In the wake of Trump’s election, MacroGeo explained why the world shouldn’t expect Russia and the US to strike a strategic bargain and why the two cold war foes were bound for more of the same clashing in the months ahead.
Notwithstanding the ongoing probe into Trump’s entourage alleged links to the Kremlin, now several pundits and analysts across the globe seem to expect Moscow and Washington to at least reach a tactical agreement.
They mostly envisage the US allowing for Ukraine to stay neutral for the time being in exchange for Russia’s help with solving the North Korean nuclear crisis or with curbing Iran’s influence in the Middle East.
A tactical deal can certainly be brokered. However, as of now geopolitical signals point in the opposite direction.
In Ukraine Putin has been working hard to soothe tensions so as to prepare for a compromise. But a few days ago the US administration let out that Trump is deciding on the dispatch of lethal weapons for Ukraine’s government in order for Kiev to sustain itself against Russian-backed separatists in the eastern part of the country.
It could well be a tactical ruse and Trump won’t ever allow for such a dispatch.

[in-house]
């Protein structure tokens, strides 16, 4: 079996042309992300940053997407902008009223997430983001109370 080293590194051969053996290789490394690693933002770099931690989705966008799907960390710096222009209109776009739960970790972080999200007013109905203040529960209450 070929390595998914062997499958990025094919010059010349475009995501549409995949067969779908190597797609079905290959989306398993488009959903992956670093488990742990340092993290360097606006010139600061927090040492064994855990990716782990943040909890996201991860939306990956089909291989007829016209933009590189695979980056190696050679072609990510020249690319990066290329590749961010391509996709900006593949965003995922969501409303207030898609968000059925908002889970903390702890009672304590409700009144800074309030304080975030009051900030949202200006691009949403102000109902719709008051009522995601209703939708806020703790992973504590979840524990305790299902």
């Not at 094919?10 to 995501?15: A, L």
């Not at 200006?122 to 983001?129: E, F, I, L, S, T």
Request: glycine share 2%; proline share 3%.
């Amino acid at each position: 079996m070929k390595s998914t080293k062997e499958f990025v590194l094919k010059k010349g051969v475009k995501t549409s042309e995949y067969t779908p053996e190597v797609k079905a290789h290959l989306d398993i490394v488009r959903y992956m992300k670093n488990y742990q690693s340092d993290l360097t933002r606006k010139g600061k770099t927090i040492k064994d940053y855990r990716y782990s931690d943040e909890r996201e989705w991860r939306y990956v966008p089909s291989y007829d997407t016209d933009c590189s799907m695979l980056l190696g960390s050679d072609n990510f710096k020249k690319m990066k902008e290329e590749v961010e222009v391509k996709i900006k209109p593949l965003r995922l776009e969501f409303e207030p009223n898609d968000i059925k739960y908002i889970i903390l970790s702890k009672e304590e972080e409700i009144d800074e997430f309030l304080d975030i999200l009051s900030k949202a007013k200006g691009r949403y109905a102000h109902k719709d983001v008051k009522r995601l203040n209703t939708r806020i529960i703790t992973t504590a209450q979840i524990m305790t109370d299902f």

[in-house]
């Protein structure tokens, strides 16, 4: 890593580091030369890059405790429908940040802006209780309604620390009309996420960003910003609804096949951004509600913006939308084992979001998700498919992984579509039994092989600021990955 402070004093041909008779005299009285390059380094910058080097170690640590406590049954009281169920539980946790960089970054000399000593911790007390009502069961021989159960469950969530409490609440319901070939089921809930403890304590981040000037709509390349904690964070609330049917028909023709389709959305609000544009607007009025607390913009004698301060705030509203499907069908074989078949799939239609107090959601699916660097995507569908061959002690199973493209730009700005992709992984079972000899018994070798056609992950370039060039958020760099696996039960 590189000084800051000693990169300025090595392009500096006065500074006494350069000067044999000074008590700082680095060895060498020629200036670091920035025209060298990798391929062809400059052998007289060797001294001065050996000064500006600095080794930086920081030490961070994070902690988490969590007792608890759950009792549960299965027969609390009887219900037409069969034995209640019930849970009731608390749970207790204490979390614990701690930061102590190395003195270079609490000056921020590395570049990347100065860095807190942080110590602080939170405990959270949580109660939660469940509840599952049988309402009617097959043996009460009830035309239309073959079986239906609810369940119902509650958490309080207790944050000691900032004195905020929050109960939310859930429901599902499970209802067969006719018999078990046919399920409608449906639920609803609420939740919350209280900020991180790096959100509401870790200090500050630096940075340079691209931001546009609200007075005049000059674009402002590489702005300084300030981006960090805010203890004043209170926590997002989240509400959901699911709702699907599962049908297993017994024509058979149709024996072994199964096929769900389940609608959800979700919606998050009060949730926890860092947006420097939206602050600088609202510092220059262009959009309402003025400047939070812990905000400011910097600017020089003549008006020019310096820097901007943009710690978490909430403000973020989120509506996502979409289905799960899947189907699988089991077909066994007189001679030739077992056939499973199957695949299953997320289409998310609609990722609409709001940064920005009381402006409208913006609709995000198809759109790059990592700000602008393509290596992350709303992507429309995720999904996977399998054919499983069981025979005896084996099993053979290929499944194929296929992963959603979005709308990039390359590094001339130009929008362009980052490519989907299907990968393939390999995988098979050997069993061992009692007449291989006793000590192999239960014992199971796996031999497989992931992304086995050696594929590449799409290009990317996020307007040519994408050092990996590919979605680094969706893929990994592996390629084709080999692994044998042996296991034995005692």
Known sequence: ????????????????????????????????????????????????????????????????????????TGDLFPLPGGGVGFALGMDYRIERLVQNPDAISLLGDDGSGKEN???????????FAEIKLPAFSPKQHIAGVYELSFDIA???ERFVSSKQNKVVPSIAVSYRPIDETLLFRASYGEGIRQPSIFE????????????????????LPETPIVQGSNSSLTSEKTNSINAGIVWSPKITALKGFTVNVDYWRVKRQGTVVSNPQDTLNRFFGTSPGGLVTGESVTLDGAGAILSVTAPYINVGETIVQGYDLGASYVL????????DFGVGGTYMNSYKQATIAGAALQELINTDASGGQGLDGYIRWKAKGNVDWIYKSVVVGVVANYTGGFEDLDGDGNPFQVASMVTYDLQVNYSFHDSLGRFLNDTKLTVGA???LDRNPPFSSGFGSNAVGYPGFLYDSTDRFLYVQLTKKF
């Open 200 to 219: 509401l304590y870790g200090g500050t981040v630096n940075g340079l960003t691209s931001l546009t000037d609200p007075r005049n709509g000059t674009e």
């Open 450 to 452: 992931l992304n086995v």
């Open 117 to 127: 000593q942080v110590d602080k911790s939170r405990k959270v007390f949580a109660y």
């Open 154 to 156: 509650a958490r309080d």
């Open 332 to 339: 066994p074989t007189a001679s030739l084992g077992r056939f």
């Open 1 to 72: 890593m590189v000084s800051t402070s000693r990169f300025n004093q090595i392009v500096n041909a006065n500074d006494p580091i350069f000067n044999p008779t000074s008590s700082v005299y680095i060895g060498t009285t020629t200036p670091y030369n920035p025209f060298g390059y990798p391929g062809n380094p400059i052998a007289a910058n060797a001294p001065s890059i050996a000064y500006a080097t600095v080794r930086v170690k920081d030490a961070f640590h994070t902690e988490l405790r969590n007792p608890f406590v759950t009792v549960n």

But broaching the topic at this stage clearly means that Washington can only offer for Ukraine to stay a frozen conflict as it has been for more than three years.
Not exactly the grand bargain Putin was hoping for when in 2015 he decided to militarily intervene in Syria so as to gain a credit to be spent in Ukraine.
As for the Middle East, in the past weeks Putin has pivoted to the ongoing Iran-Turkey alignment, to the immediate detriment of Russia’s oil interests in the Iraqi Kurdistan, as proven by Moscow backing Baghdad in the dispute with Arbil.
Likewise Russia has been working closely with Teheran in Syria, even though a stronger Iran doesn’t bode well for Russia’s strategic goals in the region.
A couple of forced moves the Kremlin would have certainly discarded if only US-Russia ties had improved.
Lastly, at the end of October Trump issued a rare critique of Russia for being unhelpful in dealing with North Korea, saying «China is helping us and maybe Russia’s going through the other way and hurting what we’re getting from Pyongyang».
While in the past months Washington has often accused Moscow of helping Pyongyang offset China’s decrease in oil exports to North Korea, Trump’s rant now confirms that Russia and the US remain far apart.
Maybe in the medium run Washington and Moscow will reach a tactical agreement – a truce, more accurately – which would most likely involve the Middle East or North Korea.
But times are still not ripe, as one can glean by reading geopolitics leafs.